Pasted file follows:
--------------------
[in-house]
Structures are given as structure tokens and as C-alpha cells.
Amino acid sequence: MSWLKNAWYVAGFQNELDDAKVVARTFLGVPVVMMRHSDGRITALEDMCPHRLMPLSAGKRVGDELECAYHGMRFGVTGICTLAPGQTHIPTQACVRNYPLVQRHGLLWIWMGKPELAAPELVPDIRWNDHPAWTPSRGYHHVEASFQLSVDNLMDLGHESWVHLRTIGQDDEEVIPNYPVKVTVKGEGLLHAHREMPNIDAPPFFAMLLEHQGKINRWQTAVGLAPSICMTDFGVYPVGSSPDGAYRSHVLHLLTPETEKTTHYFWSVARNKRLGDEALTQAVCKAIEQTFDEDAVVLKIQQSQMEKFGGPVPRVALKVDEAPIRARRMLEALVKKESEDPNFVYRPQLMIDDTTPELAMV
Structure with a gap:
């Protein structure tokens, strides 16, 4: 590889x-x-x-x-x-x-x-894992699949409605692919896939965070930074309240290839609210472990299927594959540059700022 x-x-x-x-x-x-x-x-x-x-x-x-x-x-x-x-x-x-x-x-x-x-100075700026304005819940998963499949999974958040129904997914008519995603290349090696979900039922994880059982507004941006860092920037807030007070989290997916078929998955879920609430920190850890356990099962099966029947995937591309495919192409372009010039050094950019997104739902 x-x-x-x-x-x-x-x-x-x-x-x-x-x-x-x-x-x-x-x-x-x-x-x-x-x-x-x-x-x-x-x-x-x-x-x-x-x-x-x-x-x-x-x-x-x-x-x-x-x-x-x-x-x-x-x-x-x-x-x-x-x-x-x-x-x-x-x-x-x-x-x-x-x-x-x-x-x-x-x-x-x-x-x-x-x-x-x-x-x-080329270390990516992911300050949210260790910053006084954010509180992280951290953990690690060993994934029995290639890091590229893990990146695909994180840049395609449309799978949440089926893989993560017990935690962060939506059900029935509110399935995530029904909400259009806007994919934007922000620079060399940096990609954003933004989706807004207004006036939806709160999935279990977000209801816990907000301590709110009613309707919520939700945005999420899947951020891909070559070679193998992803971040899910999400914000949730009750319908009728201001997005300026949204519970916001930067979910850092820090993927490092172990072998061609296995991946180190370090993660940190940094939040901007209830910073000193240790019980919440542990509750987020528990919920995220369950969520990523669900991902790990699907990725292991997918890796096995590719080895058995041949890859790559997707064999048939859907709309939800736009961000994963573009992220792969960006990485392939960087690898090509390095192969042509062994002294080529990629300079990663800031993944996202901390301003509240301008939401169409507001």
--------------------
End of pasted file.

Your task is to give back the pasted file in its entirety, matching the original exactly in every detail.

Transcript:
[in-house]
Structures are given as structure tokens and as C-alpha cells.
Amino acid sequence: MSWLKNAWYVAGFQNELDDAKVVARTFLGVPVVMMRHSDGRITALEDMCPHRLMPLSAGKRVGDELECAYHGMRFGVTGICTLAPGQTHIPTQACVRNYPLVQRHGLLWIWMGKPELAAPELVPDIRWNDHPAWTPSRGYHHVEASFQLSVDNLMDLGHESWVHLRTIGQDDEEVIPNYPVKVTVKGEGLLHAHREMPNIDAPPFFAMLLEHQGKINRWQTAVGLAPSICMTDFGVYPVGSSPDGAYRSHVLHLLTPETEKTTHYFWSVARNKRLGDEALTQAVCKAIEQTFDEDAVVLKIQQSQMEKFGGPVPRVALKVDEAPIRARRMLEALVKKESEDPNFVYRPQLMIDDTTPELAMV
Structure with a gap:
């Protein structure tokens, strides 16, 4: 590889x-x-x-x-x-x-x-894992699949409605692919896939965070930074309240290839609210472990299927594959540059700022 x-x-x-x-x-x-x-x-x-x-x-x-x-x-x-x-x-x-x-x-x-x-100075700026304005819940998963499949999974958040129904997914008519995603290349090696979900039922994880059982507004941006860092920037807030007070989290997916078929998955879920609430920190850890356990099962099966029947995937591309495919192409372009010039050094950019997104739902 x-x-x-x-x-x-x-x-x-x-x-x-x-x-x-x-x-x-x-x-x-x-x-x-x-x-x-x-x-x-x-x-x-x-x-x-x-x-x-x-x-x-x-x-x-x-x-x-x-x-x-x-x-x-x-x-x-x-x-x-x-x-x-x-x-x-x-x-x-x-x-x-x-x-x-x-x-x-x-x-x-x-x-x-x-x-x-x-x-x-080329270390990516992911300050949210260790910053006084954010509180992280951290953990690690060993994934029995290639890091590229893990990146695909994180840049395609449309799978949440089926893989993560017990935690962060939506059900029935509110399935995530029904909400259009806007994919934007922000620079060399940096990609954003933004989706807004207004006036939806709160999935279990977000209801816990907000301590709110009613309707919520939700945005999420899947951020891909070559070679193998992803971040899910999400914000949730009750319908009728201001997005300026949204519970916001930067979910850092820090993927490092172990072998061609296995991946180190370090993660940190940094939040901007209830910073000193240790019980919440542990509750987020528990919920995220369950969520990523669900991902790990699907990725292991997918890796096995590719080895058995041949890859790559997707064999048939859907709309939800736009961000994963573009992220792969960006990485392939960087690898090509390095192969042509062994002294080529990629300079990663800031993944996202901390301003509240301008939401169409507001």